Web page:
Trevor Lawrence may not have lived up to the monumental expectations that we put on him at the beginning of the season, but it was still a largely impressive season for a true sophomore: 250 for 370 (67.6 percent) for 3,431 yards, 36 touchdowns and 8 interceptions, with an additional 93 rushes for 514 yards and 8 touchdowns. Lawrence took over the Ohio State game when it mattered, amassing 366 total yards and 3 total touchdowns in the semi-finals. Lawrence has yet to lose a game in his college career, but he is going to have to be exceptional to pull it off this week.

While the LSU offense has been amazing this season, the LSU defense has not been as good as expected. In fact, it may be the worst unit of the game. LSU is fifty-sixth in the nation in pass yards allowed per game (221.9), eightieth in yards per completions (12.63), twenty-ninth in total yards allowed per game (339.9), and twenty-ninth in scoring defense (21.6). Lawrence is going to have every opportunity to keep Clemson in this game.

Travis Etienne vs. Jacob Phillips and Patrick Queen

It will be a lot of help to Lawrence if Etienne can continue to be his explosive self in the Championship. As good as Edwards-Helaire has been, Etienne has been better with 192 carries for 1,536 yards (8.0 yards per carry) for 18 touchdowns, with an additional 32 catches for 396 yards and 4 touchdowns. Ohio State shut him down on the ground (10 rushes for 36 yards and 1 touchdown), but gave up the explosive plays through the air (3 catches for 98 yards and 2 touchdowns), keeping Clemson in the game long enough for the Tigers to come back.

Phillips and Queen have been getting stronger as the season went on, but LSU’s run defense has only been so strong because other teams have been down so much that they need to pass. This was on display last week against Oklahoma and Kennedy Brooks, who only had 10 carries for 35 yards and 1 touchdown. Etienne will need to produce to keep LSU’s offense off the field.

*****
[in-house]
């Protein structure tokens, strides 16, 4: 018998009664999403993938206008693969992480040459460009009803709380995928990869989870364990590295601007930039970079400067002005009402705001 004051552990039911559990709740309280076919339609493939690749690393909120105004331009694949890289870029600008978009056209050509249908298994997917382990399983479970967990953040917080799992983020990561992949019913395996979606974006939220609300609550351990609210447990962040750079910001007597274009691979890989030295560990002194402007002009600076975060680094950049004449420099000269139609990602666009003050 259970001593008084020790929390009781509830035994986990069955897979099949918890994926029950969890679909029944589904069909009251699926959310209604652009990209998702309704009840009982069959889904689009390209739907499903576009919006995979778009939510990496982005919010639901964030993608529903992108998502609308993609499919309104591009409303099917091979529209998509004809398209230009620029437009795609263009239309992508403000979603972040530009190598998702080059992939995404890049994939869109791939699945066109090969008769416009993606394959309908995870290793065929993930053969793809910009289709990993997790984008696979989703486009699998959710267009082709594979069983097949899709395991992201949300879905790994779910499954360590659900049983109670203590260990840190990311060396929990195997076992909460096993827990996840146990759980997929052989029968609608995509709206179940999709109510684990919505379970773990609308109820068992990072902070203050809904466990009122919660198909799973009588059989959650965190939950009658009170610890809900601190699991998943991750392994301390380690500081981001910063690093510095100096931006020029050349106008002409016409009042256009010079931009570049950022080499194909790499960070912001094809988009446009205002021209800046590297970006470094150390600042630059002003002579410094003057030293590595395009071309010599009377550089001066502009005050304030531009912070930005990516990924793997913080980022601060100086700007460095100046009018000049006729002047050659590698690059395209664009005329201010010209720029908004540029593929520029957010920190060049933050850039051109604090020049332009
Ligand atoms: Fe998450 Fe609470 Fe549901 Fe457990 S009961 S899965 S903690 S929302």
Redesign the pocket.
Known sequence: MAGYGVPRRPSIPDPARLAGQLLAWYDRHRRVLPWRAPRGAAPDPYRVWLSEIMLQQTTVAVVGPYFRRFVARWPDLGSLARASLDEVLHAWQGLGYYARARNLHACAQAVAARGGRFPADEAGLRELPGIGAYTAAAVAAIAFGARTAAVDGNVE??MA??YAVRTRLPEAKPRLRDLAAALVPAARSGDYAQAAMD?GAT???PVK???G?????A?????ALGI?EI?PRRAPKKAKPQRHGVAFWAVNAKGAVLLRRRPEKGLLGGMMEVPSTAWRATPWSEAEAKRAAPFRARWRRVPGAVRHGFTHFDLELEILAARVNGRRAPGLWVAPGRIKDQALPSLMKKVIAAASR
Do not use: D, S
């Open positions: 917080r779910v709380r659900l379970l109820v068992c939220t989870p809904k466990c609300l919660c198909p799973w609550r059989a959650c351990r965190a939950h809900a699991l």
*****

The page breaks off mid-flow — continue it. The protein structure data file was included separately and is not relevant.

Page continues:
Tee Higgins and Justyn Ross vs. Kristian Fulton, Grant Delpit, and Derek Stingley Jr.

They may not be Jefferson and Chase, but Higgins and Ross are a formidable duo themselves. Higgins, the only one of the pair that is draft eligible, had 56 catches for 1,115 yards (19.9 per catch) and 13 touchdowns on the season, but was limited to only 4 catches for 33 yards against Ohio State. Ross, who many believe is the better draft prospect but is only a true sophomore, had 61 catches for 789 yards (12.9 per catch) and 8 touchdowns on the season, but only brought in 6 catches for 47 yards against Ohio State. Higgins and Ross need to step up against a secondary that is full of first round prospects, including Fulton and Delpit, each of which are likely to be drafted this season, and Stingley, who as a true freshman is already proving to be the next great LSU cornerback.

Final Prediction

It’s so hard to go against LSU here. They have been dominant all season, and Ed Orgeron is one of the best characters in college football. Joe Burrow is one of the best quarterbacks in the nation, they have a great set of skill position players, and are way more battle tested than Clemson this season.

But that’s exactly what I’m going to do. While LSU may have faced a larger quantity of quality opponents this season, Clemson has the best single win with their victory over Ohio State. When it comes down to it, I trust Trevor Lawrence to do whatever it takes for his team to win more than I trust Joe Burrow to do the same, as Lawrence has literally done it in every college football game he has ever played. Look for Clemson to take advantage of LSU’s merely good defense to keep pace with LSU, and look for Trevor Lawrence do finish the game off when it counts.

Clemson – 35, LSU – 34